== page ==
Thursday, October 25, 2012

A Stark Difference

I went to two different, unrelated public hearings today.

It's hard for me to imagine a greater difference between the scope of these two hearings.

The first was at the State House in Boston. As part of dealing with homelessness in the Commonwealth of Massachusetts, the overseeing governing branch of the government had made changes to regulations and budgeting in regards to how homelessness is fought (mainly shifting funds from sheltering to housing). Some 200-300 people were there, with dozens upon dozens of testimonies, mostly against the proposed changes.

There were families present who shared very difficult and sad stories about being denied approval for shelter or other assistance. Story after story was told like the one about a young couple who after much trying and no hope, ended up living in their car...with six-week-old triplets (who were born six weeks premature). There were pediatricians, college professors, and certainly social workers and family advocates who spoke passionately about what they saw as important steps to help the homeless.

I left feeling helpless. The problem is daunting.

The second hearing was in my town of Hingham, MA. Hingham is a proudly historic community, and has several historic districts in which buildings and landscapes (basically anything in the public line of sight) are regulated to require committee approval for any kind of change whatsoever, including everything from material used in construction to the very color of the paint splattered upon it. These regularly-scheduled meetings involve business- and home-owners having to present their case for changes to their building or landscape in front of a committee of seven people.

The passion of some of the committee members about what they do is incredible - they know their stuff. They can tell you what colors were being used in various architectural periods spanning the last couple of centuries, with specific knowledge about trends right here in this town. It's unbelievable. At the same time, it can be frustrating to the applicants when this knowledge and desire to maintain historical accuracy and appeal come in the way of desired changes to one's home. I'll never forget the older gentleman a couple of years ago who was almost in tears as he requested using synthetic decking on his front stairs so they wouldn't rot out again like the ones his wife had stepped on and tumbled down. (He was denied...he had to use real wood.)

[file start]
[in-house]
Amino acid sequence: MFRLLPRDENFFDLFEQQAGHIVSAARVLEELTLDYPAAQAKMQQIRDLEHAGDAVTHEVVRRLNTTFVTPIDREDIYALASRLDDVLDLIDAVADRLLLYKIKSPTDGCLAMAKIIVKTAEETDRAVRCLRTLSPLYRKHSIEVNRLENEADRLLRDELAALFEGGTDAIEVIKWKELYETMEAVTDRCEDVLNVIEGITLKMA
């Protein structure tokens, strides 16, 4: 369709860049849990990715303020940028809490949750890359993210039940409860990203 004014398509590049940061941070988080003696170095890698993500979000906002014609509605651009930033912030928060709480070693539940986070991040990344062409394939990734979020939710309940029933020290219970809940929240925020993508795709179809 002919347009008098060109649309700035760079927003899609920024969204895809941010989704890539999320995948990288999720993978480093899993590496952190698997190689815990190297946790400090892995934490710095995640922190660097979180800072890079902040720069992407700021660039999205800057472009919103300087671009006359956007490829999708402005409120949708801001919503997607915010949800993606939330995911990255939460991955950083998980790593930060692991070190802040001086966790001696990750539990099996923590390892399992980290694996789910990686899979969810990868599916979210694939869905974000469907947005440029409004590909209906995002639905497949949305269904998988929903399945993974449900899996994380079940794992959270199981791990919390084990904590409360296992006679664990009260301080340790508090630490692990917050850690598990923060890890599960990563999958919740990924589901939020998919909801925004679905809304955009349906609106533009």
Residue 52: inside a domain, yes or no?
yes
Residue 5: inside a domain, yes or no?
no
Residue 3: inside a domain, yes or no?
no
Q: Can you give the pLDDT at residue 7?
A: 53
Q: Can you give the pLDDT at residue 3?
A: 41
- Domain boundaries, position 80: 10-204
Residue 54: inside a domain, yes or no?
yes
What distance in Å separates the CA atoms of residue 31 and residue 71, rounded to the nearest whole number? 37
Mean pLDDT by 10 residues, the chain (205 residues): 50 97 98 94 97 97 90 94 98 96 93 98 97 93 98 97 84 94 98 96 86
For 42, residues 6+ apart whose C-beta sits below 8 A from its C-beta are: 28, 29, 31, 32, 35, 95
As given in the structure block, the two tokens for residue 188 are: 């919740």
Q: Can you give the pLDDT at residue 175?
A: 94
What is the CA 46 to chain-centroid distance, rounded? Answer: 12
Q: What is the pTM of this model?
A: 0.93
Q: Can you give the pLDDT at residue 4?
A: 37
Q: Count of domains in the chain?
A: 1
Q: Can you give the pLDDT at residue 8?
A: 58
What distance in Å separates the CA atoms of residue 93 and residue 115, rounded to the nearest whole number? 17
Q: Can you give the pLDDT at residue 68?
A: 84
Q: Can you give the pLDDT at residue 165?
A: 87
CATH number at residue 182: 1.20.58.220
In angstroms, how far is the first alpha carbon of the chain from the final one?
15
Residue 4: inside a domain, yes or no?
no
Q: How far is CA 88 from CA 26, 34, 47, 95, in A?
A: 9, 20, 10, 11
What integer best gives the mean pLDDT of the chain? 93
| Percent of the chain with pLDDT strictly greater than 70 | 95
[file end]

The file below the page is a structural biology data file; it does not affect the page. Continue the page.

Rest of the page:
The disparity between these two hearings I went to today was stark. The hearings took place but a few miles apart, and yet their scope was a world apart.

I'm not necessarily placing blame or onus upon anyone at the moment.

Just observing.

Wednesday, October 17, 2012

A Sabbatical

When we were interviewing as a possibility to come pastor North Street Community Church of the Nazarene, the church board and I agreed that an agreed sabbath plan was a good idea. Aspects of this plan have risen and fallen and risen again (weekly and tri-monthly rhythms). But the notion that I would take an extended sabbatical period in the seventh year of ministry is coming to fruition.

Next summer I will be taking a sabbatical from June through early September. I am very excited about this and what it means for myself, my family, my extended family, and our church community. I will share more details in the coming months, but in general, my family and I will be traveling to re-connect with tradition, family, and culture. This will include Nazarene General Assembly (at the very beginning, thankfully), northern Vermont for a couple of weeks, Switzerland, Israel, and Virginia. After Vermont, I will travel to the West Coast to drive from Portland, OR to San Diego, CA visiting with various pastors & friends and Christian communities that I've admired from afar. My parents and my in-laws will be with us at various points. When I go to Israel, it will be with my father and father-in-law.

This is all in great thanks to our church's application to the Lilly Endowment and their National Clergy Renewal Program. The whole sabbatical period is fully funded by the Endowment. We are so thankful. In addition to our activities, there are a number of opportunities for us to study and share sabbath together with our church community, culminating with a weekend retreat in the early fall.

As part of the proposal, I said that I'd be sending reports back (non-interactively) about what I'm doing. At the moment, I plan on using this site/blog.

Here is a press release if anyone would like to read just a couple of more details for now.